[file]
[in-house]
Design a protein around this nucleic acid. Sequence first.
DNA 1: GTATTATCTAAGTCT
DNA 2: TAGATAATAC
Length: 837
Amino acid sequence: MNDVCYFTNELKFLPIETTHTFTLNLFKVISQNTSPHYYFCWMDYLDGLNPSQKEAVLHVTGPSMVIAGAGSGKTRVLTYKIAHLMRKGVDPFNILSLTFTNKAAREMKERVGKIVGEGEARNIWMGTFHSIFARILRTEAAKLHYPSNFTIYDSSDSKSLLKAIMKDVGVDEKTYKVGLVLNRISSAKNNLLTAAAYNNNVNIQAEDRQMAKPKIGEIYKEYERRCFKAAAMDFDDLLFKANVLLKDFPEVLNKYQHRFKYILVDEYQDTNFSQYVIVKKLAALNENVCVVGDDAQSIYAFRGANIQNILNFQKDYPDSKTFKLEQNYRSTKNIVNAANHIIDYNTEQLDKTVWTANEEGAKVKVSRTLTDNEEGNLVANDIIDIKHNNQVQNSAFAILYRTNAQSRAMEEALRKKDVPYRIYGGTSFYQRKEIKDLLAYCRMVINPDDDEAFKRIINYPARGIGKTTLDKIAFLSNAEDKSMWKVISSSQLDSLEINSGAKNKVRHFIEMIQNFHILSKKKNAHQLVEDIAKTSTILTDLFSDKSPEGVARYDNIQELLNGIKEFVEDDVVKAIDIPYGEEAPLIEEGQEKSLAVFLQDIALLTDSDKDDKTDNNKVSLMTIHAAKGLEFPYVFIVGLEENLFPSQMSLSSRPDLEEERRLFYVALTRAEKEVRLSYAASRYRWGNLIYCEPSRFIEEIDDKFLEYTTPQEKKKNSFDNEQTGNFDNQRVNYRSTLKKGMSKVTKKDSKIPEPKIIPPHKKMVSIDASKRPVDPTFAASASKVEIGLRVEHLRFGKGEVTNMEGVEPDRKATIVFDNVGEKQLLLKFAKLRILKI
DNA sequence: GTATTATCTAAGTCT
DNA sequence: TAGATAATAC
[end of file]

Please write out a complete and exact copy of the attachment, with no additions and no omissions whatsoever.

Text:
[in-house]
Design a protein around this nucleic acid. Sequence first.
DNA 1: GTATTATCTAAGTCT
DNA 2: TAGATAATAC
Length: 837
Amino acid sequence: MNDVCYFTNELKFLPIETTHTFTLNLFKVISQNTSPHYYFCWMDYLDGLNPSQKEAVLHVTGPSMVIAGAGSGKTRVLTYKIAHLMRKGVDPFNILSLTFTNKAAREMKERVGKIVGEGEARNIWMGTFHSIFARILRTEAAKLHYPSNFTIYDSSDSKSLLKAIMKDVGVDEKTYKVGLVLNRISSAKNNLLTAAAYNNNVNIQAEDRQMAKPKIGEIYKEYERRCFKAAAMDFDDLLFKANVLLKDFPEVLNKYQHRFKYILVDEYQDTNFSQYVIVKKLAALNENVCVVGDDAQSIYAFRGANIQNILNFQKDYPDSKTFKLEQNYRSTKNIVNAANHIIDYNTEQLDKTVWTANEEGAKVKVSRTLTDNEEGNLVANDIIDIKHNNQVQNSAFAILYRTNAQSRAMEEALRKKDVPYRIYGGTSFYQRKEIKDLLAYCRMVINPDDDEAFKRIINYPARGIGKTTLDKIAFLSNAEDKSMWKVISSSQLDSLEINSGAKNKVRHFIEMIQNFHILSKKKNAHQLVEDIAKTSTILTDLFSDKSPEGVARYDNIQELLNGIKEFVEDDVVKAIDIPYGEEAPLIEEGQEKSLAVFLQDIALLTDSDKDDKTDNNKVSLMTIHAAKGLEFPYVFIVGLEENLFPSQMSLSSRPDLEEERRLFYVALTRAEKEVRLSYAASRYRWGNLIYCEPSRFIEEIDDKFLEYTTPQEKKKNSFDNEQTGNFDNQRVNYRSTLKKGMSKVTKKDSKIPEPKIIPPHKKMVSIDASKRPVDPTFAASASKVEIGLRVEHLRFGKGEVTNMEGVEPDRKATIVFDNVGEKQLLLKFAKLRILKI
DNA sequence: GTATTATCTAAGTCT
DNA sequence: TAGATAATAC